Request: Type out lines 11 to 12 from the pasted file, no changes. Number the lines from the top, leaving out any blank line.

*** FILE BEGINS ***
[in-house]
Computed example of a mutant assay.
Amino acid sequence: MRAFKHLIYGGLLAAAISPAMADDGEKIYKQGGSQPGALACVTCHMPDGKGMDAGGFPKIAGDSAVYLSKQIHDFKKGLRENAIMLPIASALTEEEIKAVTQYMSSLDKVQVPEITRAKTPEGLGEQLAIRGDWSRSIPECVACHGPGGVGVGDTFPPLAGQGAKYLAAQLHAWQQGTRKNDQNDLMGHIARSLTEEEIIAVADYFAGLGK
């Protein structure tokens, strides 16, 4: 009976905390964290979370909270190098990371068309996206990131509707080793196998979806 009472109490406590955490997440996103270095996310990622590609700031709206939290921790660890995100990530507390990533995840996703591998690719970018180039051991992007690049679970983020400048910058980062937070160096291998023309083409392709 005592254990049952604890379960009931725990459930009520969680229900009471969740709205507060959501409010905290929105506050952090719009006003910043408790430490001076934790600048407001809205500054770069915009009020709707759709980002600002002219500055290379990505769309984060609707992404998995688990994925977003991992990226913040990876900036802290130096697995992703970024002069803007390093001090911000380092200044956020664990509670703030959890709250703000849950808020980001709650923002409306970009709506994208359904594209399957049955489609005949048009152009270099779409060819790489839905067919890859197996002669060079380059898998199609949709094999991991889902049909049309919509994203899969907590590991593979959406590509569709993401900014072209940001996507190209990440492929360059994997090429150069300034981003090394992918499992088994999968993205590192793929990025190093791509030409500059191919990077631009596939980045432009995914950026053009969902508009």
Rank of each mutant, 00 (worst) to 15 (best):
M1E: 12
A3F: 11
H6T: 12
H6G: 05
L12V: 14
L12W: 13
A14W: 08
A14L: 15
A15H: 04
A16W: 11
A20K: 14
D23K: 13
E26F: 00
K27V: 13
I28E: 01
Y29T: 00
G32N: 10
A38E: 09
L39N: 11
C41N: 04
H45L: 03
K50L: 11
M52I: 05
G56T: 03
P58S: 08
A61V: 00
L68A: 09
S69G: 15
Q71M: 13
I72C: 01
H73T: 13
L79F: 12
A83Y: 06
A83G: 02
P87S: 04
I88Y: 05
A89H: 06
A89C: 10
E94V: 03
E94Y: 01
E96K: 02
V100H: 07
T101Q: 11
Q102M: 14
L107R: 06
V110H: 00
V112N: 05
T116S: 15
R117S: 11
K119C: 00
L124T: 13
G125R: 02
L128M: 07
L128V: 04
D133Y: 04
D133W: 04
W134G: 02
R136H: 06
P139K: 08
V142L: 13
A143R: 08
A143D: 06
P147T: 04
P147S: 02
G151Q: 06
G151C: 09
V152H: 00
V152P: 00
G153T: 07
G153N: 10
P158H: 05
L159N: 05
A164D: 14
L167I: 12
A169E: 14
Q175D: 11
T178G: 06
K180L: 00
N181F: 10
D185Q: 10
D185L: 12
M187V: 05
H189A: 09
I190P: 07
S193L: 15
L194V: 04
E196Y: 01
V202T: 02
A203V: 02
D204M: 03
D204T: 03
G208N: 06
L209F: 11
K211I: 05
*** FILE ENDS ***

L12W: 13
A14W: 08